When Google announced its plans to stop supporting third-party cookies for ads, a step away from tracking users based on their individual browser history to create personalized ads, it was like a nuclear bomb for the online advertising industry. Yesterday, Google officially started testing its alternative solution, FLoC (Federated Learning of Cohorts), which anonymously shows ads to groups based on similar behavior. The biggest problem for the advertising industry? FLoC is entirely Google’s creation, which does not exactly appeal to the company’s competition in space. So a group of online advertisers suggest a separate alternative (with an appropriately sweet name), SWAN, Bloomberg reports.
Developed by ad-tech companies PubMatic, OpenX and Zeta Global, SWAN aims to give people more control over how their online data is used. They are asked to consent to ads when they first visit a site in the SWAN network, and will have the ability to enable customized ads with individual tracking. Bloomberg notes that there will be other options for managing their ad data, but it is unclear how these will compare to Google̵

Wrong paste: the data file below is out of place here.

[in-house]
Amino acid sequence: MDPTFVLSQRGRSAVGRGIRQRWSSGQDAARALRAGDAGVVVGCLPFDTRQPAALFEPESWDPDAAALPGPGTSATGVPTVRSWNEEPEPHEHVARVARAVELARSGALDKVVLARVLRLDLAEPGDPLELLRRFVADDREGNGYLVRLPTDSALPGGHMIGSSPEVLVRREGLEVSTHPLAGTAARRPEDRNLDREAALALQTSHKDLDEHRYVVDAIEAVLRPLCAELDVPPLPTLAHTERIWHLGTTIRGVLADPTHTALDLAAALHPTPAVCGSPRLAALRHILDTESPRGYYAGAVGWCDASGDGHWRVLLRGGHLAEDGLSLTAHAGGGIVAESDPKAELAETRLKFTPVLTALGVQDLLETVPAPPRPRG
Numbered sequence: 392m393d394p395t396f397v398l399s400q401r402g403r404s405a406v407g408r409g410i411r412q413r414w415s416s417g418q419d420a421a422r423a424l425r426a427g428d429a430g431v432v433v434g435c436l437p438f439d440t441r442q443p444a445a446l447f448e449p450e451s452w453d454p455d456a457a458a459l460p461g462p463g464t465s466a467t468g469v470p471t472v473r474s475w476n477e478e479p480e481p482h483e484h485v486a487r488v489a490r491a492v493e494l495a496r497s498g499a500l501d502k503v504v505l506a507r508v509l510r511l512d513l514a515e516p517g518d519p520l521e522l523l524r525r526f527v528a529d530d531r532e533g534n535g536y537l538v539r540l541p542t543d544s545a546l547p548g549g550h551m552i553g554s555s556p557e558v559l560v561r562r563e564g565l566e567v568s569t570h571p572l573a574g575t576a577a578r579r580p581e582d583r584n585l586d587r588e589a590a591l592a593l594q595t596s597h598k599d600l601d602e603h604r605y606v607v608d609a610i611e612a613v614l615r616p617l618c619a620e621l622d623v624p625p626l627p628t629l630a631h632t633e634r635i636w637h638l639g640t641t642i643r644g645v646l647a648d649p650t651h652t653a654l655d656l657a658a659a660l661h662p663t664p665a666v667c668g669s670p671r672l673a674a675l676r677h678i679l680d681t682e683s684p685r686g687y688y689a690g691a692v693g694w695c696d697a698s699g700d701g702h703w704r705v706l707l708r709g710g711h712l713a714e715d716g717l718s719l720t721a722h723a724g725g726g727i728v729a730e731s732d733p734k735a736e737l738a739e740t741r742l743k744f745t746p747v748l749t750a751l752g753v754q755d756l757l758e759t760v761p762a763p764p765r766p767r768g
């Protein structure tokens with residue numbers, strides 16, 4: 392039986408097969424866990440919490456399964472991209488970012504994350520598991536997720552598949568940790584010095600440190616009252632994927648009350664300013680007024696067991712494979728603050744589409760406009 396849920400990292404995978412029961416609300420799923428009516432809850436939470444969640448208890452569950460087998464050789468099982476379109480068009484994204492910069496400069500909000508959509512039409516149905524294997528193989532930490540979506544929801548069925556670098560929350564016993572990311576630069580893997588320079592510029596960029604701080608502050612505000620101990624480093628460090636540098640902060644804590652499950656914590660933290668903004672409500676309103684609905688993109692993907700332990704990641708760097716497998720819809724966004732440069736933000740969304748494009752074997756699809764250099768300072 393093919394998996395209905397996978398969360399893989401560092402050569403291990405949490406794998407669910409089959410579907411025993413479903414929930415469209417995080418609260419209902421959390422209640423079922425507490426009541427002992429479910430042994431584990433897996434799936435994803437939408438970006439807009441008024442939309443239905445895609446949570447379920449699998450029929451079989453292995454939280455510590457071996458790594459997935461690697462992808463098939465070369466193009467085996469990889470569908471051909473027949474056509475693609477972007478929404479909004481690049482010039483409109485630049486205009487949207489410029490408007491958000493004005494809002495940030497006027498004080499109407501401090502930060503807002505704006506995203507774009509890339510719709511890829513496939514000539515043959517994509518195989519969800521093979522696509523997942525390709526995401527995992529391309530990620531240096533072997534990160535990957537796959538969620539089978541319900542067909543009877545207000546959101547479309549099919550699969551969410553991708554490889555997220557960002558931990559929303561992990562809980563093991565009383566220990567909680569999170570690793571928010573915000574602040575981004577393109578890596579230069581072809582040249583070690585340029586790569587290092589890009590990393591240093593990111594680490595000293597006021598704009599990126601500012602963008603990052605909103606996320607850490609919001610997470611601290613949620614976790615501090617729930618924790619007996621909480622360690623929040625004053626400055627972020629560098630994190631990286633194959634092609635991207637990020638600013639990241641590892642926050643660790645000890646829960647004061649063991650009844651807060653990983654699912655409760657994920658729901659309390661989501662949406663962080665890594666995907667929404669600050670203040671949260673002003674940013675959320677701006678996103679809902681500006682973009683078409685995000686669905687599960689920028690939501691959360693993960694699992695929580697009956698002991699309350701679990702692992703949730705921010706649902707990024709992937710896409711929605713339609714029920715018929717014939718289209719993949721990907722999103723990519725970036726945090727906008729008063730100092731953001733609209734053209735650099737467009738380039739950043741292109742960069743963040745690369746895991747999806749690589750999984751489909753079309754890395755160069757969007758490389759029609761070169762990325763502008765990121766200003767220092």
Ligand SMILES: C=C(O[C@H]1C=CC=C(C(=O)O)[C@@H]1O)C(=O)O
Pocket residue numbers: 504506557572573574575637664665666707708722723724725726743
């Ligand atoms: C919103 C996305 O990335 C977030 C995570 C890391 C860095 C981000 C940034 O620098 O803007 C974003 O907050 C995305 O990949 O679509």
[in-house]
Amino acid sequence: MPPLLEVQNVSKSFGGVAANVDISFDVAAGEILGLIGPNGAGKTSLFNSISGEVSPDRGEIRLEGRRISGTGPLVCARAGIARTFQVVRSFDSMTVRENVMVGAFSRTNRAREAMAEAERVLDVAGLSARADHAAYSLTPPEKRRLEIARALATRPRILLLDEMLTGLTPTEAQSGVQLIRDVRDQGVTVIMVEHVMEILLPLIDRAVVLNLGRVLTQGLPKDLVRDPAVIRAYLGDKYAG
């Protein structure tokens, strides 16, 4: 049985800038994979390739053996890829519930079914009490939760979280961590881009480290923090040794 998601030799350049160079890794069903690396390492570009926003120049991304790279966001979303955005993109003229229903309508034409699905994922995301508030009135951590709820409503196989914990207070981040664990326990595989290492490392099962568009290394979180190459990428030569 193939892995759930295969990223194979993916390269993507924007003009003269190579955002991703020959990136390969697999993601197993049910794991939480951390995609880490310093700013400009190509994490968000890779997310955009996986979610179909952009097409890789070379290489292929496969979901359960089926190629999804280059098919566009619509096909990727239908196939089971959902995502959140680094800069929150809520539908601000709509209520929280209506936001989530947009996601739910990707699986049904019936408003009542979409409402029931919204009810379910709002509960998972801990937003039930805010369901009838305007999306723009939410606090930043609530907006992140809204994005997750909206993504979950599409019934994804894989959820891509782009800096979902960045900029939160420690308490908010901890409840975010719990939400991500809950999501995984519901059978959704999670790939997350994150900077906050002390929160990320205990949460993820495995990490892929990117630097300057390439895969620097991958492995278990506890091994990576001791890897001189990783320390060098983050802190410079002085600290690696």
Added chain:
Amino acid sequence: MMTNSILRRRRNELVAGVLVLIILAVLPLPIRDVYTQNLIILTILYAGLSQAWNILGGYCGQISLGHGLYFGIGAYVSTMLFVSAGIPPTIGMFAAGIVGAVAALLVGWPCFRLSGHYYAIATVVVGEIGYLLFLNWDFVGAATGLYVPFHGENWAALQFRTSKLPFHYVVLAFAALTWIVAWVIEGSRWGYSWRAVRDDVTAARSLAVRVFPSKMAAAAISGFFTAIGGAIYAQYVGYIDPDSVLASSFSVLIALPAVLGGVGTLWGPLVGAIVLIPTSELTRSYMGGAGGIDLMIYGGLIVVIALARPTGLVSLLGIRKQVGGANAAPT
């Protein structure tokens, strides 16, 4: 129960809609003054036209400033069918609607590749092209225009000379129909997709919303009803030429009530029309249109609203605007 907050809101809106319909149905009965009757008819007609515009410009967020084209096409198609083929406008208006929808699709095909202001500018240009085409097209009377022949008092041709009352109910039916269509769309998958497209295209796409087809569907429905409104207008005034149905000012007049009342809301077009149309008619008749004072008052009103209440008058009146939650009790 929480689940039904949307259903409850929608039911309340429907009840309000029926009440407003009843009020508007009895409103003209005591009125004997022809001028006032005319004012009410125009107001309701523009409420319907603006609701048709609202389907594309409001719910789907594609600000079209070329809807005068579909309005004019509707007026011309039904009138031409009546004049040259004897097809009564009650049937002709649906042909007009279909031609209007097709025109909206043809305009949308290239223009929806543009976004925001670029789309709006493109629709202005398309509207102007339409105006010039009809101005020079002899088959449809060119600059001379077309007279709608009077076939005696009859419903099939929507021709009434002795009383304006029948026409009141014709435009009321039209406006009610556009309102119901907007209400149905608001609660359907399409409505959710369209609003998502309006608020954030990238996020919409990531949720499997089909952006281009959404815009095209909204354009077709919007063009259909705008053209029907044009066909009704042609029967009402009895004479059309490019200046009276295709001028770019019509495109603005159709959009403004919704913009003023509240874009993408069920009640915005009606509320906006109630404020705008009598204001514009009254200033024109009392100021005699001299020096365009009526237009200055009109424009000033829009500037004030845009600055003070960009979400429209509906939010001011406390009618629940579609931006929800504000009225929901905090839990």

At first glance, SWAN seems more like a desperate way to keep the glory days of targeted online ads, rather than a real step forward to a more anonymous online experience. It’s more of an answer to Google’s FLoC than a true consumer – friendly feature. But of course, Google’s motivation is also suspicious; We have argued that it basically tries to politicize itself before government regulators introduce more restrictive rules.
Consider our current moment as a transition point in the online advertising industry. When moving away from third-party cookies, everyone must find ways to deliver ads that also respect users’ privacy. FLoC and SWAN are two solutions, but we will definitely see other alternatives emerge as well. Given the magnitude of Google’s influence in the online advertising space, however, it will be much more difficult for competitors to gather around their own solutions.